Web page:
Maulana Azad started the Urdu weekly

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MAULANA ABUL KALAM AZAD (1888-1958) was named Firoz Bakht at birth but was known in his youth as Muhiyuddin Ahmad and later adopted the pseudonym of ’Abul Kalam Azad’. He was descended from a family which tame from Herat to India in Babar’s time and among his ancestors were well-known scholars and administrators. Two years after his birth in 1888 in Mecca where his father Maulana Khairuddin had migrated after the 1857 Revolt, the family moved and settled in Calcutta. Azad was educated at home by his lather and by private tutors. His political awakening was stimulated by the partition (later annulled) of Bengal in 1905. He travelled extensively in Iraq, Egypt,Turke\ and France and had planned to visit London but his father’s illness obliged him to return home in 1908.
Maulana Azad started the Urdu weekly Al Hilal at Calcutta in July

1912. He opposed the Aligarh line of remaining aloof from the freedom movement. With the outbreak of war in Europe in 1914, the journal was banned under the Press Act. He then started another Urdu weekly Al Balagh, also from Calcutta, in November 1915, and this continued to be published, until March 1916 when Azad was externed under the Defence of India Regulations. The governments of Bombay, Punjab, Delhi and the United Provinces banned his entry, and he went to Bihai. He was interned in Ranchi until

1 January 1920.
After his release A/ad was elected President of the All India Khilafat Committee (at the Calcutta session, 1920), and of the Unity Conference at Delhi in 1924. He presided over the Nationalist Muslims Conference in 1928. He was elected President of the Indian National Congress in 1923, and again in 1940, and continued to hold this office until 1946. He led the negotiations on behalf of the Congress Party with the jV’Ush Cabinet Mission in 1946. Later he joined free India’s first goven wient as Minister for Education, a post he held until his death on 22 February 1958.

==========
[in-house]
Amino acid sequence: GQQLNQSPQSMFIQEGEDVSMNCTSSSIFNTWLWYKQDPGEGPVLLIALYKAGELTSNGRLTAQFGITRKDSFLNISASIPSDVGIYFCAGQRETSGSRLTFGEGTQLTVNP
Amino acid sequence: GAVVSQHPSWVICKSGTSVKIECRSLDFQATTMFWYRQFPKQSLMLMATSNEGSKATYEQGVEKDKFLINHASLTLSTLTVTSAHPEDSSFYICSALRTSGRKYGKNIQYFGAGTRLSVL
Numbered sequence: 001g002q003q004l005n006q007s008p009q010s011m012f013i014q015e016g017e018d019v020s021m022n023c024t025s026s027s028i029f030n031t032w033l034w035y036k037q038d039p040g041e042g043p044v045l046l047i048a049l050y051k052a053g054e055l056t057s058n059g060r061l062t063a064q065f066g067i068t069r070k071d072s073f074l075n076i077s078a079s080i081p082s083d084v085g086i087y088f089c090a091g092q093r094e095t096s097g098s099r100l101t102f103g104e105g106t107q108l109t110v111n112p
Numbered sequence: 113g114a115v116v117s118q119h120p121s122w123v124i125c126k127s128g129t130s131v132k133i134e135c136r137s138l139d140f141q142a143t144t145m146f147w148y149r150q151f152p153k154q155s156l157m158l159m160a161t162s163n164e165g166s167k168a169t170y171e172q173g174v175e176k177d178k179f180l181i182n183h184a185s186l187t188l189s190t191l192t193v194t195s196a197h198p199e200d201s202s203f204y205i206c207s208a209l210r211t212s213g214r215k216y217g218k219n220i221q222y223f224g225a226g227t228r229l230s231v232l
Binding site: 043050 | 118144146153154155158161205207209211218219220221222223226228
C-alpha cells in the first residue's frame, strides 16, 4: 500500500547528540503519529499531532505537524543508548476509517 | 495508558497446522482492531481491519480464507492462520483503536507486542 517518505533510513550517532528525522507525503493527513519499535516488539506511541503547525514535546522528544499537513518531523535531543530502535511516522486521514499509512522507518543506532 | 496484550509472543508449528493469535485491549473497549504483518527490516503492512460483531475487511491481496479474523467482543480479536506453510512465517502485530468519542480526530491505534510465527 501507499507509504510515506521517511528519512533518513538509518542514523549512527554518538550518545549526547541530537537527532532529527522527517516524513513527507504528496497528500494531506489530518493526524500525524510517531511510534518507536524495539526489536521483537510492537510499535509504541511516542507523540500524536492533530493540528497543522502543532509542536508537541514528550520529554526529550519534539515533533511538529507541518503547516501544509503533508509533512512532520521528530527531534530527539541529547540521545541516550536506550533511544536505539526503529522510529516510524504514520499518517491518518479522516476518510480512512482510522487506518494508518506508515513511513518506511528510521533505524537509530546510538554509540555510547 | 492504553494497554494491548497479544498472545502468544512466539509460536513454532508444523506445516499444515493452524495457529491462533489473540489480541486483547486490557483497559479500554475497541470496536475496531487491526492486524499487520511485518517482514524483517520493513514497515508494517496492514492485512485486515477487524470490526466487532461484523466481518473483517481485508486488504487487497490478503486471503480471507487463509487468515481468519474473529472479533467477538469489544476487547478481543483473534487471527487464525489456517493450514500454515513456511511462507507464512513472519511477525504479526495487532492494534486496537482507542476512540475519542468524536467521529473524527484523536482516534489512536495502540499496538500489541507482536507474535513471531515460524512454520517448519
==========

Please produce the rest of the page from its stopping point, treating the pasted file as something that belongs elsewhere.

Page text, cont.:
Among his other published works are Al-Bayan (1915) and Tarjuman-ul-Quran (1933-1936) which are commentaries, Tazkirah

(1916) an autobiographical work and GHubar-i-Khatir (1943), a collection of letters, all in Urdu.

HUMAYUN KABIR (1906-1969): After a distinguished academic career at the Calcutta and Oxford Universities, he served as lecturer first at the Andhra University at Waltair and then at Calcutta University, 1933-^45. In 1937, he was elected to the Bengal Legislative Council as leader of the Peasants Party. In 1946 Azad selected him to serve as his secretary and he was therefore closely associated with Azad. He served as Educational Adviser to the Government of India until 1956 when he resigned and was elected to Parliament as a member of the Congress Party in 1957. He was appointed Minister \for Civil Aviation (1957-58), for Scientific Research and Cultural Affairs (1958-63), and for Petroleum and Chemicals (1963-68). The author of more than twenty books in English and Bangla on philosophy, literature, politics and culture, he also published two novels and three volumes of verse.
Publishers’ Note
When the manuscript of India Wins Freedom was handed over to us for publication by the late Professor Humayun Kabir in September 1958, seven months after Maulana Azad’s sudden death, we were informed that a fuller version containing additional material of about thirty pages would be made available to us for publication on 22 February

1988, the thirtieth death anniversary of Maulana Azad.

However, when the time came, the handing over of the complete text got delayed because of various issues raised by persons claiming an interest in the matter. These issues were heard by the Calcutta High Court, the Delhi High Court and the Supreme Court, before Justice B.N. Kirpal of the Delhi High Court directed on 29 September 1988 that a copy each of the text deposited in the National Library, Calcutta, and in the National Archives, New Delhi, be handed over to Orient Longman on 29 September 1988. The court further directed that the material should be reproduced without any alteration, after comparing the copies to ensure that they were identical. This has been
On examining the material, it became apparent that the additional matter was not just an extra thirty pages as generally believed but was to be found scattered throughout the text. Also, apart from phrases, sentence sequences and

series of passages left out of the published text, tfye original text had been modified at many places by Professor Kabir’s editorial intervention (see his note in Appendix 1).